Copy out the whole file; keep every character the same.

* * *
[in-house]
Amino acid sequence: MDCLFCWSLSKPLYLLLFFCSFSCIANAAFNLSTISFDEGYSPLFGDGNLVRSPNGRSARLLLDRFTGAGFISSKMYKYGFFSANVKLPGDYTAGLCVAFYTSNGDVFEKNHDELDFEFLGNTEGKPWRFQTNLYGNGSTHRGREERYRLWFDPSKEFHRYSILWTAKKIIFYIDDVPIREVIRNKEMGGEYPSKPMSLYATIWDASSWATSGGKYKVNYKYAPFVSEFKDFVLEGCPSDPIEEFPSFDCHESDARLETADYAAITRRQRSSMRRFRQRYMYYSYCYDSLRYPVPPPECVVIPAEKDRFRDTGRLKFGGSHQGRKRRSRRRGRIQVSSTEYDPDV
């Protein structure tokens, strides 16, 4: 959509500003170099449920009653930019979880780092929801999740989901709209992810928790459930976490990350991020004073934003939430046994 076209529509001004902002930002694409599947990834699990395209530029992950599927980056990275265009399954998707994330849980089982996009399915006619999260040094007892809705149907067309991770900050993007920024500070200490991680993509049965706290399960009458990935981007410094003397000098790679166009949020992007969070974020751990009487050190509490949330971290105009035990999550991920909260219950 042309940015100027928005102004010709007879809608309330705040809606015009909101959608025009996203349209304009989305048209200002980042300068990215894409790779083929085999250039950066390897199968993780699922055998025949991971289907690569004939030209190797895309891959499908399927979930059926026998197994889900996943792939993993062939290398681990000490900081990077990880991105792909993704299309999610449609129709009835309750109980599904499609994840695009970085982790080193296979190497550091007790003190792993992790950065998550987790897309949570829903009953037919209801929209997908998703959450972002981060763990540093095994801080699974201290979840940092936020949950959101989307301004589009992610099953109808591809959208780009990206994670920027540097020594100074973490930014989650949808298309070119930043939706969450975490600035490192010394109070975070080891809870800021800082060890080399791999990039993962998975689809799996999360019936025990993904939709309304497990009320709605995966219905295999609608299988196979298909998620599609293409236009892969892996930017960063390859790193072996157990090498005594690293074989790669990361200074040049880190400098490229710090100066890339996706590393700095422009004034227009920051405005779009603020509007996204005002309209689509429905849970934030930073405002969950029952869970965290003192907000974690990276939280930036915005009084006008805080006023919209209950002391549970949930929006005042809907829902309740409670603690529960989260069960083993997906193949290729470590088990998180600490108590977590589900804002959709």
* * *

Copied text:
[in-house]
Amino acid sequence: MDCLFCWSLSKPLYLLLFFCSFSCIANAAFNLSTISFDEGYSPLFGDGNLVRSPNGRSARLLLDRFTGAGFISSKMYKYGFFSANVKLPGDYTAGLCVAFYTSNGDVFEKNHDELDFEFLGNTEGKPWRFQTNLYGNGSTHRGREERYRLWFDPSKEFHRYSILWTAKKIIFYIDDVPIREVIRNKEMGGEYPSKPMSLYATIWDASSWATSGGKYKVNYKYAPFVSEFKDFVLEGCPSDPIEEFPSFDCHESDARLETADYAAITRRQRSSMRRFRQRYMYYSYCYDSLRYPVPPPECVVIPAEKDRFRDTGRLKFGGSHQGRKRRSRRRGRIQVSSTEYDPDV
């Protein structure tokens, strides 16, 4: 959509500003170099449920009653930019979880780092929801999740989901709209992810928790459930976490990350991020004073934003939430046994 076209529509001004902002930002694409599947990834699990395209530029992950599927980056990275265009399954998707994330849980089982996009399915006619999260040094007892809705149907067309991770900050993007920024500070200490991680993509049965706290399960009458990935981007410094003397000098790679166009949020992007969070974020751990009487050190509490949330971290105009035990999550991920909260219950 042309940015100027928005102004010709007879809608309330705040809606015009909101959608025009996203349209304009989305048209200002980042300068990215894409790779083929085999250039950066390897199968993780699922055998025949991971289907690569004939030209190797895309891959499908399927979930059926026998197994889900996943792939993993062939290398681990000490900081990077990880991105792909993704299309999610449609129709009835309750109980599904499609994840695009970085982790080193296979190497550091007790003190792993992790950065998550987790897309949570829903009953037919209801929209997908998703959450972002981060763990540093095994801080699974201290979840940092936020949950959101989307301004589009992610099953109808591809959208780009990206994670920027540097020594100074973490930014989650949808298309070119930043939706969450975490600035490192010394109070975070080891809870800021800082060890080399791999990039993962998975689809799996999360019936025990993904939709309304497990009320709605995966219905295999609608299988196979298909998620599609293409236009892969892996930017960063390859790193072996157990090498005594690293074989790669990361200074040049880190400098490229710090100066890339996706590393700095422009004034227009920051405005779009603020509007996204005002309209689509429905849970934030930073405002969950029952869970965290003192907000974690990276939280930036915005009084006008805080006023919209209950002391549970949930929006005042809907829902309740409670603690529960989260069960083993997906193949290729470590088990998180600490108590977590589900804002959709």